If we look at how our clients are embracing technology, the scene is much more developed. We find ourselves in a market that is searching for innovation, generating impact from their own operations and management. Cropster, the cupping and roasting platform, has allowed many of our clients to streamline their processes and collect data that has helped them improve business practices. And although this platform was primarily developed for coffee roasters, we are currently working on software that will allow us to integrate our clients’ cupping results from Cropster directly into our existing systems. For roasters already using this platform, this will help streamline the buying process between origin and destination, simplifying the approval or rejection of samples, as well as generating more transparency along the supply chain.

To match the increasing demand for a traceable product we are making access to our traceability reports even easier. Under our current system we can provide a full traceability report with a few clicks. This report shows which producers contributed parchment coffee to each exported lot, as well as what price was paid for each lot delivered. We are now developing a new software where clients will be able to see the traceability of their contracted coffees online and will be able to make their delivery requests in real time, essentially making the access to this already available information much more efficient.

At Caravela we work on improving efficiencies by identifying what technology can offer us, what problems it can fix, and how it can be adapted to satisfy the requirements of our business partners. Ultimately the technologies we use allow us to achieve our goals, to generate an impact, and create an improved user experience through simplified processes. And this is the key, concentrating on the needs of each person, but doing it as a company. Clients and producers cannot be islands, especially when technology is constantly creating commonalities, new modes of communication, and bringing origin ever closer to the destination.

You might have already entered this fantastic world of technology and innovation, but if not, we invite you to start. And what better way than to begin by finding the answers to these questions:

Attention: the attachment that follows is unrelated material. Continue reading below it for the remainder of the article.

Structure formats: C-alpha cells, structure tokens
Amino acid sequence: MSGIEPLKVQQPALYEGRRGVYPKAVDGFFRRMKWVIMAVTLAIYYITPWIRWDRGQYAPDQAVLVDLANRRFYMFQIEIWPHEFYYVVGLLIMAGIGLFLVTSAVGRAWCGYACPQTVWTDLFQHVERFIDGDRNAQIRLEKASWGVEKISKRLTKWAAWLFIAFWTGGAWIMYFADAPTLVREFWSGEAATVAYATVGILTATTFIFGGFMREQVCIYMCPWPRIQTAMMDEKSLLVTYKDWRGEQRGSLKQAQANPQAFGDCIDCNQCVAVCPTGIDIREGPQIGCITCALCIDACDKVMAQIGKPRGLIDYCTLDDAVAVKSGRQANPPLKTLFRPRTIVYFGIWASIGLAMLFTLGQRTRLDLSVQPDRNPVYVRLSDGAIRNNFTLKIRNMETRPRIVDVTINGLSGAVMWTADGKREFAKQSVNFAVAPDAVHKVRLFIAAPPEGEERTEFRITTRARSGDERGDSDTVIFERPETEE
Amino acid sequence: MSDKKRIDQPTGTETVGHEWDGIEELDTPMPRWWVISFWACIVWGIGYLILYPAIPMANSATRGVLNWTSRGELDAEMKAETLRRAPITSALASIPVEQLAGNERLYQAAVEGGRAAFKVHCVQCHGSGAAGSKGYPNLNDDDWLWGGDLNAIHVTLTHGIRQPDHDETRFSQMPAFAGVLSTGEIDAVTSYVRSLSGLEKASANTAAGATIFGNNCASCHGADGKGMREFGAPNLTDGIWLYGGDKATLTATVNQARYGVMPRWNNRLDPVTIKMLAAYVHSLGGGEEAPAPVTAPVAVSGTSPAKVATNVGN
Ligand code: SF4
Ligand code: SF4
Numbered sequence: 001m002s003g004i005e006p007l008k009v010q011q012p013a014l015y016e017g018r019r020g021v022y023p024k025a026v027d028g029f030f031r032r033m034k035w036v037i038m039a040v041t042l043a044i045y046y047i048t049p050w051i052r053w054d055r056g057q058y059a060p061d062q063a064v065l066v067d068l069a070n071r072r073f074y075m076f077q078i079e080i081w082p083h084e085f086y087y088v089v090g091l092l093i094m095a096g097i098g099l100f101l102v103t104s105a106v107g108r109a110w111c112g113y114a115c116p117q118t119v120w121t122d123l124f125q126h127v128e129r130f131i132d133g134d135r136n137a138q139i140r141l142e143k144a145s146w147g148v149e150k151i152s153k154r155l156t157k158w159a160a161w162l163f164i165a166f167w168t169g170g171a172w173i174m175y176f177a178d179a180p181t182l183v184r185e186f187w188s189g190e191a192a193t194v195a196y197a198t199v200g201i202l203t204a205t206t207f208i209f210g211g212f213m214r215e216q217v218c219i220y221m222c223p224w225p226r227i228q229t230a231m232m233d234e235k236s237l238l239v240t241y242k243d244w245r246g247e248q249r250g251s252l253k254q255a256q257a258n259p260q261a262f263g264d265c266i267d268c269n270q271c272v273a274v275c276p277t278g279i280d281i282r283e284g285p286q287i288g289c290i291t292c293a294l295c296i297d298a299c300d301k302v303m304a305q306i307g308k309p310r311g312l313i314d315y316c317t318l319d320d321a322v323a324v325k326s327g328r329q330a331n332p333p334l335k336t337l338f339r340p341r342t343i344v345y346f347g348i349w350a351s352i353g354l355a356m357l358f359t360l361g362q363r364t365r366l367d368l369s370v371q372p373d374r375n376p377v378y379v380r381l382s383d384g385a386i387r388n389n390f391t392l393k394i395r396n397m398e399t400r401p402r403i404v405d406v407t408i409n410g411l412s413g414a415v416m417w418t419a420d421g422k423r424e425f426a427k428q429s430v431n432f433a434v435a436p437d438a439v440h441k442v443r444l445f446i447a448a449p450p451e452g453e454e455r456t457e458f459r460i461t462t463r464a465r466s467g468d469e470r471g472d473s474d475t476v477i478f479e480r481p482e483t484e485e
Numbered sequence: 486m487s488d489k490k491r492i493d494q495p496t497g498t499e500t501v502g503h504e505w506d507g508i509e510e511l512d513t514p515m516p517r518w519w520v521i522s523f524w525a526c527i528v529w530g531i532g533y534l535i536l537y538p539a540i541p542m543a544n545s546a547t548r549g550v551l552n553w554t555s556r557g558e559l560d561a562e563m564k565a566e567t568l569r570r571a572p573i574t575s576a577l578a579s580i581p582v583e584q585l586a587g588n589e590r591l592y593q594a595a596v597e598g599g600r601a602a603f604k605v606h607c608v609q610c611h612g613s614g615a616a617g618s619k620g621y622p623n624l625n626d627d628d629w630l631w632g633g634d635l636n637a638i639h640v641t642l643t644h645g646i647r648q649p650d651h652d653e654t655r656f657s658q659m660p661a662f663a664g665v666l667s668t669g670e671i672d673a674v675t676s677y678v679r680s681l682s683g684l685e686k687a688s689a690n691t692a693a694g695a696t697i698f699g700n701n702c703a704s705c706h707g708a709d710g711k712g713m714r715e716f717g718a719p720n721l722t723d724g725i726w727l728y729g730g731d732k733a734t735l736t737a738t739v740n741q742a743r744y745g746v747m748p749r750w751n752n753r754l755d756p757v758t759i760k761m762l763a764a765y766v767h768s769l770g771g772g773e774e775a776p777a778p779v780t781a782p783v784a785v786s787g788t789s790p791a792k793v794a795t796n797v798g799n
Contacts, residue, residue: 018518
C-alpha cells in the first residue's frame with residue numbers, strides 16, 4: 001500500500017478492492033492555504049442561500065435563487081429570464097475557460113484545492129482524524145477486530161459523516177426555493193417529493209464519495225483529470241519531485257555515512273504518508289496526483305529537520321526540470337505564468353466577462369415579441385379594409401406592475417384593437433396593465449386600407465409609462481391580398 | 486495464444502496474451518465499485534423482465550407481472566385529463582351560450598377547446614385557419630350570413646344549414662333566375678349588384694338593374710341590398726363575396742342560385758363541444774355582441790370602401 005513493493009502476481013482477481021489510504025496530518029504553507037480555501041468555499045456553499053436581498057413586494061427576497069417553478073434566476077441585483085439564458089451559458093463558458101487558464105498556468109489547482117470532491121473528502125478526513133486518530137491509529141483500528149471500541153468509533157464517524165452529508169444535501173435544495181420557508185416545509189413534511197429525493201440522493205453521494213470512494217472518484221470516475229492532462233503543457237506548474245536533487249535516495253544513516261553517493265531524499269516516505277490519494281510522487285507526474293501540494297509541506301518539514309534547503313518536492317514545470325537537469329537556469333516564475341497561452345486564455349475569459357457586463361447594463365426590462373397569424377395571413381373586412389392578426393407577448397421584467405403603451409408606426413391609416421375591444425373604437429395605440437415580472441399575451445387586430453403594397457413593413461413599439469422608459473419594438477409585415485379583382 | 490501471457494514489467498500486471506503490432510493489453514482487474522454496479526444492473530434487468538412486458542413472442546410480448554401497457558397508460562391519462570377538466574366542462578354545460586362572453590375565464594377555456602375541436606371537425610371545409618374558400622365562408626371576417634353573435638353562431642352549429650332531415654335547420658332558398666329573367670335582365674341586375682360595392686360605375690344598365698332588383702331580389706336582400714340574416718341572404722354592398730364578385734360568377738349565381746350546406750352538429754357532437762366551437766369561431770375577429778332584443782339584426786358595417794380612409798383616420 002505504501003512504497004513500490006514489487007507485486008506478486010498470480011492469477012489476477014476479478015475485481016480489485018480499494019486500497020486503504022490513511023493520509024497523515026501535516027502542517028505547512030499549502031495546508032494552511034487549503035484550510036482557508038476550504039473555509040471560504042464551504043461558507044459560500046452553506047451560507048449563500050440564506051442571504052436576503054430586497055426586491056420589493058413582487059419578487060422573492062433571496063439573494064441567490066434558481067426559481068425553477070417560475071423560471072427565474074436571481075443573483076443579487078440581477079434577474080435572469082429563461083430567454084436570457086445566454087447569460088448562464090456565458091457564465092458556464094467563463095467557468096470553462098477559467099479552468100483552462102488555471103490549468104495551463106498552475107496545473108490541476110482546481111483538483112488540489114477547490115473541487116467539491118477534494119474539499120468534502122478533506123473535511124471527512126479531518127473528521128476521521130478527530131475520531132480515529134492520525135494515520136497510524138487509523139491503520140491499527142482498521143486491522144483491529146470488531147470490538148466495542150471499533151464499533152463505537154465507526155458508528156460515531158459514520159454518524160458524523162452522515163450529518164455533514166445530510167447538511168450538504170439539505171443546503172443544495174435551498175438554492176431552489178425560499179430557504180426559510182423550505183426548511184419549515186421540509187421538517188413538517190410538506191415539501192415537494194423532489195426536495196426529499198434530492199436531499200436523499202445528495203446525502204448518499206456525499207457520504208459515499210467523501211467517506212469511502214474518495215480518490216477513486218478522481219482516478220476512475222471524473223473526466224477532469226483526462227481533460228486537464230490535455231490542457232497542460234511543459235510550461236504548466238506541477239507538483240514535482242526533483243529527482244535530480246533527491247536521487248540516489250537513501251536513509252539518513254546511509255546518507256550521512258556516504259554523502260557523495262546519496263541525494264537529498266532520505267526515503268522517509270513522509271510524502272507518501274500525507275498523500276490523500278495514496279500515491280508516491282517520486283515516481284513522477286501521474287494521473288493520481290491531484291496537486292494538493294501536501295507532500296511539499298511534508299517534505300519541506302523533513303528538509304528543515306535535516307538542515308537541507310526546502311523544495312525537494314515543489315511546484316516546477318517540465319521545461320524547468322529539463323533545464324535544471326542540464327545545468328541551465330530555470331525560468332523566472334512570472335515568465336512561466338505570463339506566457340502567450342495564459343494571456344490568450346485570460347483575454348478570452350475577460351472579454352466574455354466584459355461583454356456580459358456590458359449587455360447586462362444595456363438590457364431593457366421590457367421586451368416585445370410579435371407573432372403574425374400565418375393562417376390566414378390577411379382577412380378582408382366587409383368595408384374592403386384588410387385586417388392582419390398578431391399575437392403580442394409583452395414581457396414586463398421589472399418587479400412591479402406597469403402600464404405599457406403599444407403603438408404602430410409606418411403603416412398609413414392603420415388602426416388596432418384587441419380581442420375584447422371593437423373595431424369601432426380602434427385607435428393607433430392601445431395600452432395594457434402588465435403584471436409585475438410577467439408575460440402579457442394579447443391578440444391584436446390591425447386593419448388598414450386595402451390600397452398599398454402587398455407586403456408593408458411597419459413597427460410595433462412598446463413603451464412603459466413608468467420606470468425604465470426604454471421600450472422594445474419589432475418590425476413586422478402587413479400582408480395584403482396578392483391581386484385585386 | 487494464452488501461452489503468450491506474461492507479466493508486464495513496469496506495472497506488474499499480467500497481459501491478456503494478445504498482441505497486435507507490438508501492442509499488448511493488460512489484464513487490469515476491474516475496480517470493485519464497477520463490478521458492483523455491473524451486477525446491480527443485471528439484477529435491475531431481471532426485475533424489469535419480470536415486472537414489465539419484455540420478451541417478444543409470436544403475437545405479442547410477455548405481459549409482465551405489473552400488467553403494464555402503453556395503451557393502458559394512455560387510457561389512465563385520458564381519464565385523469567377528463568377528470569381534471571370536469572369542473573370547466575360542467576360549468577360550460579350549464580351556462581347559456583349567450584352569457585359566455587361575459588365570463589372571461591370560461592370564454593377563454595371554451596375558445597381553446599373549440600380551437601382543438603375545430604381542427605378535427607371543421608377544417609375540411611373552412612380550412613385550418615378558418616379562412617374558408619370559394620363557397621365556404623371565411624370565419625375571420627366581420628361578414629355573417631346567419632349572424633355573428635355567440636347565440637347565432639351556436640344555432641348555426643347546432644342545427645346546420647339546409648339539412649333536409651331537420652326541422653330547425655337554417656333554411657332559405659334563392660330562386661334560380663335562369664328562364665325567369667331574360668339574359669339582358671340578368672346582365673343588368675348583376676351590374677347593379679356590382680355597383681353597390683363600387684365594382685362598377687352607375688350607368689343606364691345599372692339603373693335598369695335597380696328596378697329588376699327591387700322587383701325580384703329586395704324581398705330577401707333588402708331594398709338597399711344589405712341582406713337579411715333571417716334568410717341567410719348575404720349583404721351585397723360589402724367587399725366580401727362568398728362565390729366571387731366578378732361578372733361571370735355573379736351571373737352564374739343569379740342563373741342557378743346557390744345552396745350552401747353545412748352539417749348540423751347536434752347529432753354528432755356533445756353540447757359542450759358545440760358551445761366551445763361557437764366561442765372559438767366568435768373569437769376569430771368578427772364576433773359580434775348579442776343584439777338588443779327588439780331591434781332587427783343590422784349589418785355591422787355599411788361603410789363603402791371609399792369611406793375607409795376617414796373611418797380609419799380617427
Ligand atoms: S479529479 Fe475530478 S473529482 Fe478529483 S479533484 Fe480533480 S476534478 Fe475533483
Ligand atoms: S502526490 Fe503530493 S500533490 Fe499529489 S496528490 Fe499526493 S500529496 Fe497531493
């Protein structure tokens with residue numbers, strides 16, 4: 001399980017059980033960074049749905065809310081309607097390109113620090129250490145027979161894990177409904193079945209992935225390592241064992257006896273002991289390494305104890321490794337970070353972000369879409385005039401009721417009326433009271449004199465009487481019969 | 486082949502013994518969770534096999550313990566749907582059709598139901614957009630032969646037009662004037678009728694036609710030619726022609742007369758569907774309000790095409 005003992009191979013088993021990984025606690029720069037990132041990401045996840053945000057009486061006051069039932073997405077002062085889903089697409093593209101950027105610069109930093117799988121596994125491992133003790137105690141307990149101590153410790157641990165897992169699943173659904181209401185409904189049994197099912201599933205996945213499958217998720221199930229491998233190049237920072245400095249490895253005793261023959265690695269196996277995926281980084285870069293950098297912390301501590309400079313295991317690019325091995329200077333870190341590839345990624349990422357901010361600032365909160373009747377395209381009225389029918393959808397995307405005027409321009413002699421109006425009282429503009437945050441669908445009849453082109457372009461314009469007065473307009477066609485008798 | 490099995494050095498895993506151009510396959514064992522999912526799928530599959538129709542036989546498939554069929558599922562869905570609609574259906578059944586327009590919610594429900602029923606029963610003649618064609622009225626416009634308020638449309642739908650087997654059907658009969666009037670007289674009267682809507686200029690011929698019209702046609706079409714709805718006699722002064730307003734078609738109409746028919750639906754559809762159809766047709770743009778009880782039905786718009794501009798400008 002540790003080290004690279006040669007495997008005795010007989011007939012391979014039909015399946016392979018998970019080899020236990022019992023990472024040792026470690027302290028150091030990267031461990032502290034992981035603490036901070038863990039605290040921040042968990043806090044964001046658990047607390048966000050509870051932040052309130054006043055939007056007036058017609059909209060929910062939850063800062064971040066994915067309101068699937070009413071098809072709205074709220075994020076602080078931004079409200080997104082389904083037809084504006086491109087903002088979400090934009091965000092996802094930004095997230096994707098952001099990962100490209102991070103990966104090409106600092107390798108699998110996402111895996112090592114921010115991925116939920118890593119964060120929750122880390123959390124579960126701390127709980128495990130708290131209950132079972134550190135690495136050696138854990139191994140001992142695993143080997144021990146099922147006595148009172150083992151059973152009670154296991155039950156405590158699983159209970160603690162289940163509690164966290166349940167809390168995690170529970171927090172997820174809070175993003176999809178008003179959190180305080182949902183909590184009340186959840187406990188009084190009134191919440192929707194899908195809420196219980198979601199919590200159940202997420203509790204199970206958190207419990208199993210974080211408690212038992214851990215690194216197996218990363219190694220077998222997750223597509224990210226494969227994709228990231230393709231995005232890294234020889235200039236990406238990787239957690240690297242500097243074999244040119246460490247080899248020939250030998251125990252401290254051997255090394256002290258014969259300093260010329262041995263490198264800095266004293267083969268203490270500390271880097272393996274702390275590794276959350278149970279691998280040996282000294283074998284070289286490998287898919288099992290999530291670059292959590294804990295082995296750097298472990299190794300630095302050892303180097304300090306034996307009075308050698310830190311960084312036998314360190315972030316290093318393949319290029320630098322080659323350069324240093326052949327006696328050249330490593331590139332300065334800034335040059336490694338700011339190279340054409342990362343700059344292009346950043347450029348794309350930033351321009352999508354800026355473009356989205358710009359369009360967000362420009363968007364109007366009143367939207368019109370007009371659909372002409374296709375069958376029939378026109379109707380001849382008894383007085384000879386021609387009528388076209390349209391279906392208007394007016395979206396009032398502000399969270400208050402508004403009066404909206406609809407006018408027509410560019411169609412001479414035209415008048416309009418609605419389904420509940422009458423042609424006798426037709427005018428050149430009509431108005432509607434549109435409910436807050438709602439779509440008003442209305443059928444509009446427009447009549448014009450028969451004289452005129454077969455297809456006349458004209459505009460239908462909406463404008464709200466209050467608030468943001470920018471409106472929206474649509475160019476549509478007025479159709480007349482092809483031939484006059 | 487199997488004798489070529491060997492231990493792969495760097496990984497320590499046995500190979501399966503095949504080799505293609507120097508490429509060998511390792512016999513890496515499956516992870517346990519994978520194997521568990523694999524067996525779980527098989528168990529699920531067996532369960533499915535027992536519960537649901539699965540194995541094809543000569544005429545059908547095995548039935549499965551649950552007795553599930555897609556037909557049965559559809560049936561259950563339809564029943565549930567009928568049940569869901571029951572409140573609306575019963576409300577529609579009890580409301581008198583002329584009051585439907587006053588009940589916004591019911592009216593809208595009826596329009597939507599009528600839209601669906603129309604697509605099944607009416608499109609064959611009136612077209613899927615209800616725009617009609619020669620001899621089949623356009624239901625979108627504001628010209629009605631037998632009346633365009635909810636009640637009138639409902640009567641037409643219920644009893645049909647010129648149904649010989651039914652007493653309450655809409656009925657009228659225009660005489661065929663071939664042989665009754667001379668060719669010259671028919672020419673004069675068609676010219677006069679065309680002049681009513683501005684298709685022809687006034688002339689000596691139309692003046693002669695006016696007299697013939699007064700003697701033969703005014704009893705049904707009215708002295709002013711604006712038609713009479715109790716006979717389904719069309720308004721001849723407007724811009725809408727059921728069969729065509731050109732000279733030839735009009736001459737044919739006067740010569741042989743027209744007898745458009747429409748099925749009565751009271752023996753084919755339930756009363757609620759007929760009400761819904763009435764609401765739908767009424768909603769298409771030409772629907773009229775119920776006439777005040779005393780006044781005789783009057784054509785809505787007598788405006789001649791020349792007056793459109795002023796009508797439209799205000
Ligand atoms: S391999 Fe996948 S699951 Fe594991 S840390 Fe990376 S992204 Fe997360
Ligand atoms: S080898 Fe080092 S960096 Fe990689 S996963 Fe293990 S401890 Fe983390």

Do you put the needs of your clients and suppliers at the centre of your management and operations?

Are you aware that to be efficient and innovative, more than talent and money is needed?

Is your company prepared to successfully face the expansive waves of a global market that is constantly changing and growing?

   4 Minute Read

Luz Carime Gomez
IT Director



Talking about IT in the 21st century is to talk about innovation. It means speaking about digitalization, and it is inevitable when thinking about the fourth industrial revolution, as many people call it, not to find an endless number of technologies that could be implemented. It’s hard to decide what to focus on between artificial intelligence, big data, digital transformation, blockchain, the internet of things, etc. For this reason, it is not uncommon for businesses to arrive at a crossroads: what technology should they focus on? How can we be at the cutting edge of technology and be profitable? This is a very valid question, given that implementing the best systems or spending millions of dollars does not guarantee success nor the return on your investment, as evidenced by many big companies like Philips, Michelin, or Lego, just to name a few.

With these concerns in mind, we decided to reinvent our systems focusing on satisfying the needs of each one of the actors in our value chain: coffee producers, clients, employees and everyone in between. If the goal is to always strive for this, then no matter how we are innovating, we are at least innovating in the right direction. We are conscious that in the agricultural world, innovation, the IoT and blockchain take time, and although the agricultural sector has already started the process of incorporating these developments, progress can be slow. The commitment to change and disruption is minimal, and still it is common to hear the phase “but we have always done it like that, and it works”.